More and more, women in the wine industry are making headlines as they join the ranks of a profession long-dominated by men. One of these women is Colleen FitzGerald, Assistant Winemaker at Pine Ridge Vineyards in the famed Stags Leap District in Napa. At the young age of 29, FitzGerald has parlayed her biochemistry major and years of harvest experience into a job on the front line of the winery. Raised in Pleasanton, California, FitzGerald’s began her journey at California Polytechnic State University (Cal Poly) in San Luis Obispo. A love of chemistry and an artistic sense that enabled her to truly appreciate a fine wine naturally gravitated FitzGerald toward enology when she graduated. And gravitate she did — to […]

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Update on Grapevine Leafroll and Red Blotch Diseases

Even for an experienced professional like me, it is difficult to distinguish leafroll from red blotch disease in the vineyard. This is especially true on red-fruited grapevine varieties such as Cabernet Franc, Cabernet Sauvignon, or Pinot Noir. Vines infected with leafroll viruses produce smaller grape clusters that ripen unevenly and have a reduced sugar content. Foliar symptoms include downward rolling, reddening or yellowing of leaves depending on the grapevine variety. Other foliar colors associated with leafroll virus infection include pink, purple, and orange. The leaf veins may remain green or take many other colors (yellow, purple, red, etc.). Similarly, the most important negative effect of Grapevine red blotch virus (GRBV) infection in grapevines is the reduction of sugar accumulation resulting […]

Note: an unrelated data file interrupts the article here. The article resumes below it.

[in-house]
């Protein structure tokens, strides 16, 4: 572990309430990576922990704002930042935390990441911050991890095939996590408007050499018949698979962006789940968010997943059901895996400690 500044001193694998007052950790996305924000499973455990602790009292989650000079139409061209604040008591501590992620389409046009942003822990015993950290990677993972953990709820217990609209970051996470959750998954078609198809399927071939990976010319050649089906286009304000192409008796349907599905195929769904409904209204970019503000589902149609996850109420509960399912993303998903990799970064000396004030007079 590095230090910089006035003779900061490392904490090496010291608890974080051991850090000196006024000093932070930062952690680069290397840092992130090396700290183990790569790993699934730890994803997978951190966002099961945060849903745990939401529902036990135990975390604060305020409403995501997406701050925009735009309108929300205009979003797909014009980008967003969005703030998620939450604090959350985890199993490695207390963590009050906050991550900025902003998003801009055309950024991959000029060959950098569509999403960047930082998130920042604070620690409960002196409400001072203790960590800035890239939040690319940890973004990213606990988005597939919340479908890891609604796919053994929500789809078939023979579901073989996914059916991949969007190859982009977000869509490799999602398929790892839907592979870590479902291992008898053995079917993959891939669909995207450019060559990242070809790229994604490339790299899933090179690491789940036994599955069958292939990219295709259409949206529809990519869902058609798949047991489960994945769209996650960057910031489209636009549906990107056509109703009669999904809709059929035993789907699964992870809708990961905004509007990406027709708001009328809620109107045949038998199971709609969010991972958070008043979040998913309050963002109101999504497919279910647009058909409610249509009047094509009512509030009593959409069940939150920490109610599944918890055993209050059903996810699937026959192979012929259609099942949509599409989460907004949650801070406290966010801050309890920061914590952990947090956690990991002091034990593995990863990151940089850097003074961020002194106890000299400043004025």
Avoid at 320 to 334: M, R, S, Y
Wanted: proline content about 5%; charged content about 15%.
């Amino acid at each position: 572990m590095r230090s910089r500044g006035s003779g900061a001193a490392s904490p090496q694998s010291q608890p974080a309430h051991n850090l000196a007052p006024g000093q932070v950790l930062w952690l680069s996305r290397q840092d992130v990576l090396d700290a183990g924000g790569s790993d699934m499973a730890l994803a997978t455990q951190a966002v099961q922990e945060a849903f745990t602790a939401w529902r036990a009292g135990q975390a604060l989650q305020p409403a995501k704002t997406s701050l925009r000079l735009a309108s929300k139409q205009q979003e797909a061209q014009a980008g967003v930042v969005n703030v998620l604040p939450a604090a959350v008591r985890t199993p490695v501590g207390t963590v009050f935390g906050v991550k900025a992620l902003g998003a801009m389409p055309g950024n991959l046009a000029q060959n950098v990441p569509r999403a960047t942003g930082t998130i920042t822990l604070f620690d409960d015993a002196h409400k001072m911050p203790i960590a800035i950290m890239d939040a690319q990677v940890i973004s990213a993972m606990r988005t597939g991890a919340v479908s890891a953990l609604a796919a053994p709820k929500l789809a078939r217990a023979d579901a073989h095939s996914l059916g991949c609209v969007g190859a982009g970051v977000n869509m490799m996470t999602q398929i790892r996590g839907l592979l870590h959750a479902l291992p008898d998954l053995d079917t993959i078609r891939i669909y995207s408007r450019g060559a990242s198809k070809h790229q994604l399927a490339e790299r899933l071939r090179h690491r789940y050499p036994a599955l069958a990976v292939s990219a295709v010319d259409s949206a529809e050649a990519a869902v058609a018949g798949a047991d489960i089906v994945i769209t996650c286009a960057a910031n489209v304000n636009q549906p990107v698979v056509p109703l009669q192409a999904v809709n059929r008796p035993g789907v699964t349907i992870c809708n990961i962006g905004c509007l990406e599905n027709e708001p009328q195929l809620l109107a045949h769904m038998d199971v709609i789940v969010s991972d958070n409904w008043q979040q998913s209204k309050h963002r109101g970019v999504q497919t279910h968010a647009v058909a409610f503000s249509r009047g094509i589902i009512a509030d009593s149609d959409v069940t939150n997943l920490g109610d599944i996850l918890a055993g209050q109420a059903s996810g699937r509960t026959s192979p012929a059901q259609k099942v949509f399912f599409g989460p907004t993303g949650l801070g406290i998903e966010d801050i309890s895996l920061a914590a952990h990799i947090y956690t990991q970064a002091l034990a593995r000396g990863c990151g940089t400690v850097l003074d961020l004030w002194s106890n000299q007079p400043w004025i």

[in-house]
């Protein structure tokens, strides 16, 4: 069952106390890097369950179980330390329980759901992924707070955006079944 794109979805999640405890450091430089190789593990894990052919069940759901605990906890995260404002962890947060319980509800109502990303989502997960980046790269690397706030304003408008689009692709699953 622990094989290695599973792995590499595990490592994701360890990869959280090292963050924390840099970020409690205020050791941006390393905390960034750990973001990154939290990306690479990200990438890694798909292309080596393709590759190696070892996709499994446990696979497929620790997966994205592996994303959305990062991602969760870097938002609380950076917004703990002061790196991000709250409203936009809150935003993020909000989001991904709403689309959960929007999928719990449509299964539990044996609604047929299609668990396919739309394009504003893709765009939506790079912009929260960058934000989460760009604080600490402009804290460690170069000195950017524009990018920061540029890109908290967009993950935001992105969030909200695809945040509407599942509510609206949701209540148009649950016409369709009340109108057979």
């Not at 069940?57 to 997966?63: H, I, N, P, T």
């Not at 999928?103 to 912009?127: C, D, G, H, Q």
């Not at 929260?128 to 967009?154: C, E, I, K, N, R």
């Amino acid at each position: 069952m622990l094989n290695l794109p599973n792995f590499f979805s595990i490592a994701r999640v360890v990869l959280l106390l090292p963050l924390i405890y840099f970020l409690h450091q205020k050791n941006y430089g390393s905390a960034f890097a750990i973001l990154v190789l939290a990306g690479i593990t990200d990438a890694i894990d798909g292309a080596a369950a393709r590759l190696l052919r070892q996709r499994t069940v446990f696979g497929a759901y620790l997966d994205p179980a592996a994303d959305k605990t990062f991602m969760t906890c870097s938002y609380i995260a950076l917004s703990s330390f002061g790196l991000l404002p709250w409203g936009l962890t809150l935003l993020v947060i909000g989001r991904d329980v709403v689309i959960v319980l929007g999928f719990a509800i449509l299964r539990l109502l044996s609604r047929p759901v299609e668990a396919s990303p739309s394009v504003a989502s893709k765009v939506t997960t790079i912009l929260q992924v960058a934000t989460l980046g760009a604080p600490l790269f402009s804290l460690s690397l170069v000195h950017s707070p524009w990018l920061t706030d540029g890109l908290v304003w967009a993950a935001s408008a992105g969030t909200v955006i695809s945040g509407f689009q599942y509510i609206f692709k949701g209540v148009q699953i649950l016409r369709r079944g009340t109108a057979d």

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Pump Use in the Winery